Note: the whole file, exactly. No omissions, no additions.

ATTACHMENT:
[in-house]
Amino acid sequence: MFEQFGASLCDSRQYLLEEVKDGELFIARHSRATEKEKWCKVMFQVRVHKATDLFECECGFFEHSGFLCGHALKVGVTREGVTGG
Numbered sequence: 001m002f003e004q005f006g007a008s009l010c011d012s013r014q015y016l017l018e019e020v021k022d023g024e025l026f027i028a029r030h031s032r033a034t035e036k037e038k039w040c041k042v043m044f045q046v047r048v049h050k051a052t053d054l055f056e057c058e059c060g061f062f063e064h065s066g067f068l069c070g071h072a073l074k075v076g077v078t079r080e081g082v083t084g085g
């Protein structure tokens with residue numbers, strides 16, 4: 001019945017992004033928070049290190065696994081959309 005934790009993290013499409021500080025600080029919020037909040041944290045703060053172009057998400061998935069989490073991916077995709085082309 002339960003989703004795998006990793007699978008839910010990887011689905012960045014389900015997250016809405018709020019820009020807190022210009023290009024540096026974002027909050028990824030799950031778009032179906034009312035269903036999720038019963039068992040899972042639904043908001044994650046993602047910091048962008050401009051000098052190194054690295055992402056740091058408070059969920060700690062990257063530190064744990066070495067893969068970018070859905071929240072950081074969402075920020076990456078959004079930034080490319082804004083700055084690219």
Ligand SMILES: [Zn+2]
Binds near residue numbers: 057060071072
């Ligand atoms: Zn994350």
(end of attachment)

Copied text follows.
[in-house]
Amino acid sequence: MFEQFGASLCDSRQYLLEEVKDGELFIARHSRATEKEKWCKVMFQVRVHKATDLFECECGFFEHSGFLCGHALKVGVTREGVTGG
Numbered sequence: 001m002f003e004q005f006g007a008s009l010c011d012s013r014q015y016l017l018e019e020v021k022d023g024e025l026f027i028a029r030h031s032r033a034t035e036k037e038k039w040c041k042v043m044f045q046v047r048v049h050k051a052t053d054l055f056e057c058e059c060g061f062f063e064h065s066g067f068l069c070g071h072a073l074k075v076g077v078t079r080e081g082v083t084g085g
């Protein structure tokens with residue numbers, strides 16, 4: 001019945017992004033928070049290190065696994081959309 005934790009993290013499409021500080025600080029919020037909040041944290045703060053172009057998400061998935069989490073991916077995709085082309 002339960003989703004795998006990793007699978008839910010990887011689905012960045014389900015997250016809405018709020019820009020807190022210009023290009024540096026974002027909050028990824030799950031778009032179906034009312035269903036999720038019963039068992040899972042639904043908001044994650046993602047910091048962008050401009051000098052190194054690295055992402056740091058408070059969920060700690062990257063530190064744990066070495067893969068970018070859905071929240072950081074969402075920020076990456078959004079930034080490319082804004083700055084690219």
Ligand SMILES: [Zn+2]
Binds near residue numbers: 057060071072
């Ligand atoms: Zn994350």